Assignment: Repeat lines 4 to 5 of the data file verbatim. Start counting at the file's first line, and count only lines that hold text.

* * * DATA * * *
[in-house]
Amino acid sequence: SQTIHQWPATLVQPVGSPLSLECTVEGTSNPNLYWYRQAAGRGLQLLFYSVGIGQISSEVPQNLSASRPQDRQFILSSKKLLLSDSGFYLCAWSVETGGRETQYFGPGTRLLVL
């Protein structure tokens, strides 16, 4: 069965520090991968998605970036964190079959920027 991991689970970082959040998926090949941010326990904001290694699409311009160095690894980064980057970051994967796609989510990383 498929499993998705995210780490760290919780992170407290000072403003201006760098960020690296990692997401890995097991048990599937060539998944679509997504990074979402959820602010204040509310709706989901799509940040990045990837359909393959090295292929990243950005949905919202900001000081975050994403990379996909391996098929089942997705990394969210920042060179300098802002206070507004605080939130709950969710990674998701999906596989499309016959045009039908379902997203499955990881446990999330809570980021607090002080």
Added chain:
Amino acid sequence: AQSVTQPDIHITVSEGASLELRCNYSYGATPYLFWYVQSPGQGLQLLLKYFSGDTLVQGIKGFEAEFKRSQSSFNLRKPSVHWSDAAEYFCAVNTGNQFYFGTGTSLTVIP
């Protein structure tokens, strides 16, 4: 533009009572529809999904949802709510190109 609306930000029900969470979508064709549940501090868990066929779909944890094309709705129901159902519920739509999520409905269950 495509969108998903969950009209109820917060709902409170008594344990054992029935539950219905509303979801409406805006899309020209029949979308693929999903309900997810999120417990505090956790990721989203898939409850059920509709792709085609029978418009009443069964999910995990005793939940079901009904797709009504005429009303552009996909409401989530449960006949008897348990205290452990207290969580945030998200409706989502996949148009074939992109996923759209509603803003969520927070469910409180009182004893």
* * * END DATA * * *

Added chain:
Amino acid sequence: AQSVTQPDIHITVSEGASLELRCNYSYGATPYLFWYVQSPGQGLQLLLKYFSGDTLVQGIKGFEAEFKRSQSSFNLRKPSVHWSDAAEYFCAVNTGNQFYFGTGTSLTVIP